They say, "You can't improve on perfection," but a scientist has just found a way to make chocolate healthier — and taste better.
He didn't do it by cultivating a new cocoa bean or injecting any chemicals; he simply... shocked it.
By running liquid chocolate through an electric field, Rongjia Tao, a physicist at Temple University, found he could remove up to 20 percent of the chocolate's fat content and make the end result taste better.
Like the discovery of penicillin, this was a happy accident.
Tao's research was only intended to improve the viscosity of liquid chocolate for manufacturing purposes. Having previously used a similar technique on crude oil, Tao was asked by a consulting firm from Mars Inc. (the maker of Snickers, M&M's, and Twix) to test out his method on chocolate.
Made up of cocoa solids and cocoa butter, liquid chocolate takes the microscopic form of symmetrical balls (cocoa solids) floating in liquid fat (cocoa butter). While chocolate needs a certain amount of fat to flow, Tao discovered that when it passed through the electric field, the cocoa solids changed from individual ball shapes to a long, pill-shaped chain.
That tiny transformation was a giant game changer.
Due to their new shape, the cocoa solids could pack more tightly, decreasing the viscosity and improving flow. With better viscosity and less space between solids, Tao told the Los Angeles Times, "I realized, this technology can not only reduce the viscosity, it can reduce the level of fat."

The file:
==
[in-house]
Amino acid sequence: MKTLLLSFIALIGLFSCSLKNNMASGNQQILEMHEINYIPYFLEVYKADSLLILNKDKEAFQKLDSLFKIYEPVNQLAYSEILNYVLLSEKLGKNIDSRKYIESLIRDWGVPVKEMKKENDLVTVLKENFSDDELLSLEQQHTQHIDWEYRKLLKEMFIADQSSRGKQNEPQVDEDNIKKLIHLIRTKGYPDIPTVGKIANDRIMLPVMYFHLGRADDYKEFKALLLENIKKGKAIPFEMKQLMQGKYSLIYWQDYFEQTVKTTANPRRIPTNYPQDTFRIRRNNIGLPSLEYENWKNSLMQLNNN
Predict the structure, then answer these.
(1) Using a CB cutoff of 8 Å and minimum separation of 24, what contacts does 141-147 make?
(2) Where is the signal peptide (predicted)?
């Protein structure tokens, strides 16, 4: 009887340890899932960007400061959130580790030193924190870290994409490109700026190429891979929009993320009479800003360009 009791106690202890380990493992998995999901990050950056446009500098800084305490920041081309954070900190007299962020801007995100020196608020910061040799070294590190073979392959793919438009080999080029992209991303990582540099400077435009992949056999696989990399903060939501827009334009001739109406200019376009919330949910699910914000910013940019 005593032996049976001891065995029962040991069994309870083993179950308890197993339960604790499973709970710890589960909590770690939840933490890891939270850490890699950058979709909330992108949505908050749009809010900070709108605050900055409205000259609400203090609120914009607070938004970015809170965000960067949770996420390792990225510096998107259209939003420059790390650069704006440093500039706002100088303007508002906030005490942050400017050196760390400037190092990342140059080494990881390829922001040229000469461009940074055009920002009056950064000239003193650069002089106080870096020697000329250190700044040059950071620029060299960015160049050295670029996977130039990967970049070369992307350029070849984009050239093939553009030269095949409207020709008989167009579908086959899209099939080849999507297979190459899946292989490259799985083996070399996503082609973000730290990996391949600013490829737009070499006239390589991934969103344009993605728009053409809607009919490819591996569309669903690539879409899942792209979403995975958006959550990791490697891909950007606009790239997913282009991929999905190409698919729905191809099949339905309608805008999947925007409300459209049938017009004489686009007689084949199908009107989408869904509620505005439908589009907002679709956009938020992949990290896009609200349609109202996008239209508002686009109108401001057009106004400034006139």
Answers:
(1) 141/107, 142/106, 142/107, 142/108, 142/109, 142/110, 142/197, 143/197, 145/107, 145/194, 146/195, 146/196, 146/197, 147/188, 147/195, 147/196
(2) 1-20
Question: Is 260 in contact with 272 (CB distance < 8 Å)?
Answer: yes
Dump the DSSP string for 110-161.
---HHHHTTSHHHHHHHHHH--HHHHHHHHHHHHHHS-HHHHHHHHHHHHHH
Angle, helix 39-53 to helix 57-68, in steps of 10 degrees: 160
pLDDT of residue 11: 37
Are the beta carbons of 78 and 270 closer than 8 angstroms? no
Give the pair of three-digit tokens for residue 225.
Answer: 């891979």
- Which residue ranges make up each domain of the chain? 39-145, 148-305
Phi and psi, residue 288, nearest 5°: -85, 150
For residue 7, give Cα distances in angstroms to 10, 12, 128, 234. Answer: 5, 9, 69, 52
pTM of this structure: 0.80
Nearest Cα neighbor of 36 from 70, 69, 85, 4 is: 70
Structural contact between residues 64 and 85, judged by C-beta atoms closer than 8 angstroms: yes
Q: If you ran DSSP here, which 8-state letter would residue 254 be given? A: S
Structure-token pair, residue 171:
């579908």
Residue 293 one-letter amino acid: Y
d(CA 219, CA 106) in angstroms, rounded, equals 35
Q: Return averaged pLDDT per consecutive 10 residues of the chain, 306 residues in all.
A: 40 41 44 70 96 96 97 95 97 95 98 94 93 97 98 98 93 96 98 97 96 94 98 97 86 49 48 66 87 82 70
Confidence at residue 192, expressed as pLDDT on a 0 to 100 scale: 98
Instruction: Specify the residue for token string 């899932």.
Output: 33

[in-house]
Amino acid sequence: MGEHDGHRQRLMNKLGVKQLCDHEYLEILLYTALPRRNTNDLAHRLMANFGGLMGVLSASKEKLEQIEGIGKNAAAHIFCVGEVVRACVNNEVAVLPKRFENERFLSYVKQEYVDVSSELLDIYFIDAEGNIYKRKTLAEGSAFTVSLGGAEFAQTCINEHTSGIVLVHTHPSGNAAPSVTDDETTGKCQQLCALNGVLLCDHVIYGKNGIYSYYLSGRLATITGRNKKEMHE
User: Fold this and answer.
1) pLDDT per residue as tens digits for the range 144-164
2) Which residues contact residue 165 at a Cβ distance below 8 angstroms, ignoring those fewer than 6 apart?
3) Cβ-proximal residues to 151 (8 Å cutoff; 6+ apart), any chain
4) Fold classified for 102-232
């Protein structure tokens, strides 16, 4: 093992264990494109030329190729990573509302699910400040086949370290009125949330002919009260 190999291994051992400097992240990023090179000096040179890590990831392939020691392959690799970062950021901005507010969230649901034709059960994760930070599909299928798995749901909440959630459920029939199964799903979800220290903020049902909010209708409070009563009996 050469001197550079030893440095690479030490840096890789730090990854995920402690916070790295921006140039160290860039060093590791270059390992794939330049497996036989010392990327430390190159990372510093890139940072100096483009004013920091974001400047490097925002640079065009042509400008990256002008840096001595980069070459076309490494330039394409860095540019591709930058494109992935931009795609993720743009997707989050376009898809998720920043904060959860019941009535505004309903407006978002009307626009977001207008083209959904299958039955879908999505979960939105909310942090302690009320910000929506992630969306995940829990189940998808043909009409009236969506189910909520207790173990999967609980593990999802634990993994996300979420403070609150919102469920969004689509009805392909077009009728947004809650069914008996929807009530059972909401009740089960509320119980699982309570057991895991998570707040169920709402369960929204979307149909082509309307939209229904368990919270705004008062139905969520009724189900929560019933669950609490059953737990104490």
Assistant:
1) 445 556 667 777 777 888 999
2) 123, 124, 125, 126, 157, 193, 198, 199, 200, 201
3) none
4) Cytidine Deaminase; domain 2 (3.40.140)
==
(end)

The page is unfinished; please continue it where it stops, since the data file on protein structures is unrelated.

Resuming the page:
Wanting to test the potential of his discovery, Tao conducted several additional trials.
Not only did he and his team reduce chocolate's fat content by between 10 and 20 percent, but some colleagues even said the reduced fat chocolate was more delicious than regular chocolate.
Tao attributed this taste preference to the cocoa solids having a better chance to "stand out" from the cocoa butter's competition.
Because Mars partially funded his research, Tao hopes the corporation and others begin to use his new technique soon.
"I love chocolate and eat it quite frequently," he told the LA Times. "I will eat more chocolate once it has less fat." That's good news since, according to the publication, he still has over 300 pounds of leftover chocolate in his lab.
Cover image via Youtube.